A Deeper Look at Prenatal Tests

pregnant woman holding her tummy

A mother’s conversation with her Obstetrician about prenatal testing

Prenatal testing can sometimes have the effect of opening up Pandora’s box as one test leads to another. What should parents consider as they opt for prenatal tests?

When I was pregnant with my second child in 1990, I was meeting with my obstetrician for a routine prenatal visit. The topic of whether or not to have the AFP came up. Since I had a healthy 15 month old, I asked him if having a healthy child increases the likelihood of having another one.

He said no, it didn’t.

He then said to me, “Brenda, the bottom line is, would you consider terminating this pregnancy?”

“No,” I answered.

He replied, “Well, there is no reason to have the test then.”

He then added, “In fact, we have stopped recommending the AFP test based on something that has happened with one of our patients. She had a positive result on the AFP test. An amniocentesis was done to confirm the diagnosis.”

His face fell as he continued. “She miscarried a perfectly normal baby as a result of the amnio.”

He paused. “For that reason, our practice has decided to make the test available but we no longer recommend it.”

After all these years, remembering this conversation still causes me to ponder so many things.

Questions to Ask about Prenatal Testing

  • Is it helpful to know or even desire to know so much?
  • What does the effect of stress do to the baby and the parents?
  • What if parents are told there is a grave problem and based on that information, they have an induced abortion? What if it then turns out the baby was fine?
  • What if the baby is not “perfect” but the problems are not as serious as they appeared in all of the testing?
  • Even if the baby isn’t “normal”, are parents prepared to deal with the inevitable grief of ending their baby’s life?

There are so many questions and not so many answers. I wonder if prenatal testing is a bit like being able to glimpse into the future. Does it help us to know or worry about what is coming? Or are we trying to control things that we are not meant to control?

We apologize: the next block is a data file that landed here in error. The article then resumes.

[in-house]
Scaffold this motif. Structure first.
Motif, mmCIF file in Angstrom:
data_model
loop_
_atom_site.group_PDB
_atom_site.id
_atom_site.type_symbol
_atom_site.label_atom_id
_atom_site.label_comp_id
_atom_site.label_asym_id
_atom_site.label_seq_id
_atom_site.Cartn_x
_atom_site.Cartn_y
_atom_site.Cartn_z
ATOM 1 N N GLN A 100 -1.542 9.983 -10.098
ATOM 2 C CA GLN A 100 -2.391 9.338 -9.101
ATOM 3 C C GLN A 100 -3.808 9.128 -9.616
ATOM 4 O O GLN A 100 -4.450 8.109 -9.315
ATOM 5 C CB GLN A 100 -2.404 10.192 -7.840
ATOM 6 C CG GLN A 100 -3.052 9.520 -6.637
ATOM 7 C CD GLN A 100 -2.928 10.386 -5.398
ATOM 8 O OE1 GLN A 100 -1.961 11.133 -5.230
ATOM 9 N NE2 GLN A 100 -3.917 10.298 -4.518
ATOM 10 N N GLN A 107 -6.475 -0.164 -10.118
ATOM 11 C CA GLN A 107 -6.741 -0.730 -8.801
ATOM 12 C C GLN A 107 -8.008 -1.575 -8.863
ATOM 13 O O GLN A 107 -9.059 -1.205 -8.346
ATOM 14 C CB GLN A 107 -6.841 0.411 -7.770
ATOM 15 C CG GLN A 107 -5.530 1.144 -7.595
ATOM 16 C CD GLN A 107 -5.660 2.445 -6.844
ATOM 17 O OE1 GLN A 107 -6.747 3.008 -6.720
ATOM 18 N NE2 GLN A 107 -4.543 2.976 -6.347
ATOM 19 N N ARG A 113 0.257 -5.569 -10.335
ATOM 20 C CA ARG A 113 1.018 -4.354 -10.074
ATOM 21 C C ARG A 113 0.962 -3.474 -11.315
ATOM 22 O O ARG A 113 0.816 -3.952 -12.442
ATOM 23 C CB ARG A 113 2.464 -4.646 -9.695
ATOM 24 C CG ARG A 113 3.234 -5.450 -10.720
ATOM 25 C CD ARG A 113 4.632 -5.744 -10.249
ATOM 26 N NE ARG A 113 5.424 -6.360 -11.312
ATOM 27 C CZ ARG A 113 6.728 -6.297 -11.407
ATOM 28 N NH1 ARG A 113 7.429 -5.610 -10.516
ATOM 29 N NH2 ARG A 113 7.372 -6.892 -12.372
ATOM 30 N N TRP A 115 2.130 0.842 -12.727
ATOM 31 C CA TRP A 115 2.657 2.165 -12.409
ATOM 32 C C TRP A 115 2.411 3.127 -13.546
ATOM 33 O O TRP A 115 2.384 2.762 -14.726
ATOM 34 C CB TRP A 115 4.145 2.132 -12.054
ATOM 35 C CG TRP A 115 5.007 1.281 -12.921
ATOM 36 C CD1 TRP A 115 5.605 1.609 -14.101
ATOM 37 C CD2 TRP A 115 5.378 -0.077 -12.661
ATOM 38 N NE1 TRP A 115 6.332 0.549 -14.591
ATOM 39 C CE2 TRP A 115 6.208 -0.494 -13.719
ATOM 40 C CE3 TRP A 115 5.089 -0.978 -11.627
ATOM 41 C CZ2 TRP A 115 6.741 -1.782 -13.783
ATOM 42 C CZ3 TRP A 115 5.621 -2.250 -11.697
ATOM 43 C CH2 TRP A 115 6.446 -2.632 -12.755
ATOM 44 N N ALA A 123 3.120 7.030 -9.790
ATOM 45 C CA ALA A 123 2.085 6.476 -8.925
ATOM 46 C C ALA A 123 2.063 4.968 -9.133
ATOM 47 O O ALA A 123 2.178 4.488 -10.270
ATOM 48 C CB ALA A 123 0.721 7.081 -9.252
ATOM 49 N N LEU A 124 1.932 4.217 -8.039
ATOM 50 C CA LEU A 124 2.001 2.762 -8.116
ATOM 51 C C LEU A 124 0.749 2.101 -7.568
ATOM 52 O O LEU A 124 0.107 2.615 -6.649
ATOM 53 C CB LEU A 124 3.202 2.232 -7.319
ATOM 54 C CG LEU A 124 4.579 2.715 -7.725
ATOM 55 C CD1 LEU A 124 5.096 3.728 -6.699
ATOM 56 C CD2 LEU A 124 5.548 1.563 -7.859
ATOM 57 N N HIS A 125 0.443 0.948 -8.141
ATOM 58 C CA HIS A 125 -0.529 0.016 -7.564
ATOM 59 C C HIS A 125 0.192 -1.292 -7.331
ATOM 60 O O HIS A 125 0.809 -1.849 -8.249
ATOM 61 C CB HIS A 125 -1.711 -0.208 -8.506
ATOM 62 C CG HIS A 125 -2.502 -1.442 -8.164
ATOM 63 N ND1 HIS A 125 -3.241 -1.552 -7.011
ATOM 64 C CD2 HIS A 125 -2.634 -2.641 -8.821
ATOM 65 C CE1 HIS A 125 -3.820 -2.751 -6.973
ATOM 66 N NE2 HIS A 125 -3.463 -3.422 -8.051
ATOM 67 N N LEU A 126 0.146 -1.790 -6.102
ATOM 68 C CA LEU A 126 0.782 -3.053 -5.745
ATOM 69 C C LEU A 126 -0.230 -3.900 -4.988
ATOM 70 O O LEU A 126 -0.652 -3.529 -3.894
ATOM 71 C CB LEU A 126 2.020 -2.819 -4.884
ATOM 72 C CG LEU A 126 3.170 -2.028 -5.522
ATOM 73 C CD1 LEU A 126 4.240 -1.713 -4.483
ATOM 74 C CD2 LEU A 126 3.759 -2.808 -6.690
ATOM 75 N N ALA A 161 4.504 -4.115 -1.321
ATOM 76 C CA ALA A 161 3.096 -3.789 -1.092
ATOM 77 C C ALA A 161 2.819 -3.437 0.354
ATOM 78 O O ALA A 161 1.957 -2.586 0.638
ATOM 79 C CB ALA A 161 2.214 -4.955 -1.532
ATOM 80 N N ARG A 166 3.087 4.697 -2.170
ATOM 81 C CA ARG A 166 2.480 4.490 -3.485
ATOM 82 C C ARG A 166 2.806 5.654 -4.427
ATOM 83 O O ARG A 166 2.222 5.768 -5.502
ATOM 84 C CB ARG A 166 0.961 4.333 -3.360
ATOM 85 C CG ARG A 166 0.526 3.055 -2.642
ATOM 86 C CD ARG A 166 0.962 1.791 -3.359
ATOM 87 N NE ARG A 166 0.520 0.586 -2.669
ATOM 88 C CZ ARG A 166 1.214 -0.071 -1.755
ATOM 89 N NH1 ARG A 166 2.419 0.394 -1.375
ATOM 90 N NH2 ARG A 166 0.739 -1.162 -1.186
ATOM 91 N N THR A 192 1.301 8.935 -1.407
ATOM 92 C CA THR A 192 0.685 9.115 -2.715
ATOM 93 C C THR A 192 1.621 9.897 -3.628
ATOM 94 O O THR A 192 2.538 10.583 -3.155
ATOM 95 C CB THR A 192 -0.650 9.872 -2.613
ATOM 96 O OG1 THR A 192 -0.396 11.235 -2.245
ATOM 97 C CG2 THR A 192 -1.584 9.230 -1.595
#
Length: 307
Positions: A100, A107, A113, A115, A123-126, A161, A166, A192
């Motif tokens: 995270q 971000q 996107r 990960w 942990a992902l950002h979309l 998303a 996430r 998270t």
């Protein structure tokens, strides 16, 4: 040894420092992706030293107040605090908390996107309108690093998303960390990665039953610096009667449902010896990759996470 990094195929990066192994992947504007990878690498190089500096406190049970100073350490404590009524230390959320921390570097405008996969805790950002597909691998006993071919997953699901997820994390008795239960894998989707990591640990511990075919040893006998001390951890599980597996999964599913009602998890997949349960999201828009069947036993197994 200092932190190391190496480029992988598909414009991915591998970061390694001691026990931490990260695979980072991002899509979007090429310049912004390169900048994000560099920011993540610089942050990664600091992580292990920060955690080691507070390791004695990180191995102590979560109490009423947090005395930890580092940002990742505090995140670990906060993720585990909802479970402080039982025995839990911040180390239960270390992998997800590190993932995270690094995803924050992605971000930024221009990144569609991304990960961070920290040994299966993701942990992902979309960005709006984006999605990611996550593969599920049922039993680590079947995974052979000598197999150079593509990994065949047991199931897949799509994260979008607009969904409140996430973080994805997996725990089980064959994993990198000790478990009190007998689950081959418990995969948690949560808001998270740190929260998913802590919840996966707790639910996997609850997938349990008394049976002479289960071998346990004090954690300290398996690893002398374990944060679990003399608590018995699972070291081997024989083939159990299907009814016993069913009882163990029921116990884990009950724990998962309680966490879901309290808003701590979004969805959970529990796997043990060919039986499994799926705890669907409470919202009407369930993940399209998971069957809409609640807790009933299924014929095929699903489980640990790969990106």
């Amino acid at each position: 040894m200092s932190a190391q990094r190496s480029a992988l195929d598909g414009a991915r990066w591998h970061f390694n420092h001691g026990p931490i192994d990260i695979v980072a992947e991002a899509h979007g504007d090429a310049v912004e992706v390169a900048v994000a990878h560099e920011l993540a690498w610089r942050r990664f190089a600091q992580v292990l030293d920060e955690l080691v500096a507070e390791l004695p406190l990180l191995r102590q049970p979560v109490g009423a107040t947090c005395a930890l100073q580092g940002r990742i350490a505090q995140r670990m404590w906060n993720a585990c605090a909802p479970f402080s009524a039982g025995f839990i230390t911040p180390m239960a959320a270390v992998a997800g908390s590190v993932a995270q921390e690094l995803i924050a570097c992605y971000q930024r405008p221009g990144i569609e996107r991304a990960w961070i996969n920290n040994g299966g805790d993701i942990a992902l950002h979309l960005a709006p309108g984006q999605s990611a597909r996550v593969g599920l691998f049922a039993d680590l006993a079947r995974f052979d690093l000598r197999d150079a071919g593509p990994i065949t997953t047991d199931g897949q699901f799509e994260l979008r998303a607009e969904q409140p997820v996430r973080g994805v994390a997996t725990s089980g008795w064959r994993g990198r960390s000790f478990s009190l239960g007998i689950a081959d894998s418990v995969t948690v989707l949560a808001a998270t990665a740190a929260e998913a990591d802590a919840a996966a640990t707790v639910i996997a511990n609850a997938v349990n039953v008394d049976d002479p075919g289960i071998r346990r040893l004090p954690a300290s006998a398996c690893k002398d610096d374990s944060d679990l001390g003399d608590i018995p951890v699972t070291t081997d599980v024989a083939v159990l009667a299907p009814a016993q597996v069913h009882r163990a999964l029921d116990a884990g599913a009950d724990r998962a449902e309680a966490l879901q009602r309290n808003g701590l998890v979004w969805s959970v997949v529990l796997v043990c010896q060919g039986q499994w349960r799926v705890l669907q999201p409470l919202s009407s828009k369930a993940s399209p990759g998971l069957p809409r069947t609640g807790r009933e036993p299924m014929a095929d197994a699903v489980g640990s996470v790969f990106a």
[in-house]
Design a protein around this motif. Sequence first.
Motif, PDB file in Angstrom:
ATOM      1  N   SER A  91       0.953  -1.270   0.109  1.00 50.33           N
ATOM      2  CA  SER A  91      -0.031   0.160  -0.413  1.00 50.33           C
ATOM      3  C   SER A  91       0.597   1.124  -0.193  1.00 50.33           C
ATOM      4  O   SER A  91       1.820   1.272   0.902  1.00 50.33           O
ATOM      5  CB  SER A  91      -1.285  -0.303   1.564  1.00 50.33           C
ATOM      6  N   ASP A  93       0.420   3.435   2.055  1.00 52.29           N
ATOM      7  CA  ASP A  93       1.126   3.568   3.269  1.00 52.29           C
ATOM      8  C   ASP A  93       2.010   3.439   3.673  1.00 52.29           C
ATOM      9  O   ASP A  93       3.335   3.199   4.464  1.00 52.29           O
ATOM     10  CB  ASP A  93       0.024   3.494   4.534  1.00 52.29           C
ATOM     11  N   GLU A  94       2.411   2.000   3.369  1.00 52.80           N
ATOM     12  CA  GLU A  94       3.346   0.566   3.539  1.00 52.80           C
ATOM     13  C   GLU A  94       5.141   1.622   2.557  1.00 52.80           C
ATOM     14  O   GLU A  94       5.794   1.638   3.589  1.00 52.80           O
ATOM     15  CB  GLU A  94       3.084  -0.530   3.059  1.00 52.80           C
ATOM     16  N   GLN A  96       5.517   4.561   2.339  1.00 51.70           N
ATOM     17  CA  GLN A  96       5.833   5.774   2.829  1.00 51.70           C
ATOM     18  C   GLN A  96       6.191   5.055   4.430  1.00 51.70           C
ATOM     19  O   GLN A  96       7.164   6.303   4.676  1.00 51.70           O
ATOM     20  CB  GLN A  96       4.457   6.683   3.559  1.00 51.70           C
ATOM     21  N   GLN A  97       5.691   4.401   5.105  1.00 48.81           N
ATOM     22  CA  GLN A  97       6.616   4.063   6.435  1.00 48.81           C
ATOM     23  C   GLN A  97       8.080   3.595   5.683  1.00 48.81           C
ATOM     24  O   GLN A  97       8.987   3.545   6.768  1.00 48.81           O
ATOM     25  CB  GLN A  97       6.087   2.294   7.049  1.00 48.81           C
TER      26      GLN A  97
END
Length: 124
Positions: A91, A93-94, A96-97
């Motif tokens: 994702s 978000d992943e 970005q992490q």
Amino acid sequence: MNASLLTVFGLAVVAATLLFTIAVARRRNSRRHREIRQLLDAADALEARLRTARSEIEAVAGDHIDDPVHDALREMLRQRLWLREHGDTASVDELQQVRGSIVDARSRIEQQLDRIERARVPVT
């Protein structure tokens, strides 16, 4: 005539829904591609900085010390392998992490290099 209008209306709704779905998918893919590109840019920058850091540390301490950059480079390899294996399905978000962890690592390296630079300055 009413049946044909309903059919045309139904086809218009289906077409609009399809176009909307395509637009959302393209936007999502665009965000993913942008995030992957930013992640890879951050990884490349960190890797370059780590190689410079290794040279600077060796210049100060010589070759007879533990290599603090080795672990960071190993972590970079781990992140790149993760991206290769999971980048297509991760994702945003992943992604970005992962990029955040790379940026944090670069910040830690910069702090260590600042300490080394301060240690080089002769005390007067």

A Benefit to Finding out?

Some medical experts will tell you that it is important to have prenatal tests done even if you would not consider an abortion. You might hear that knowing about your baby’s problems will help in the event that your baby needs help after birth. I have found that in either case, whether problems are known or not, a baby that needs specific evaluation or surgery from a specialist is typically transferred to another facility since most community hospitals where babies are born do not treat specialized cases and rarely if ever do surgery on newborns.

My reason for writing this article is to tell parents that I have personally known many parents who have started down the road of multiple prenatal tests and with it, experienced months of anxiety, only to find out the baby was fine. Or like the obstetrician’s story above, a client of mine who shared with me that in her previous pregnancy, an amnio caused her to lose her baby due to an infection. I have only talked to parents who have regretted their decisions to have prenatal tests in the first place, not those who wished they would have had prenatal testing.

Prenatal tests give statistical results. They are never 100% accurate. They are always stressful. And they will typically result in either normal results or more invasive testing. Two questions to ask yourselves are:

  1. What information do we hope to get?
  2. Is the information we are getting worth the risk or the stress of having the test, regardless of the result?

Share your personal opinion about prenatal testing here.

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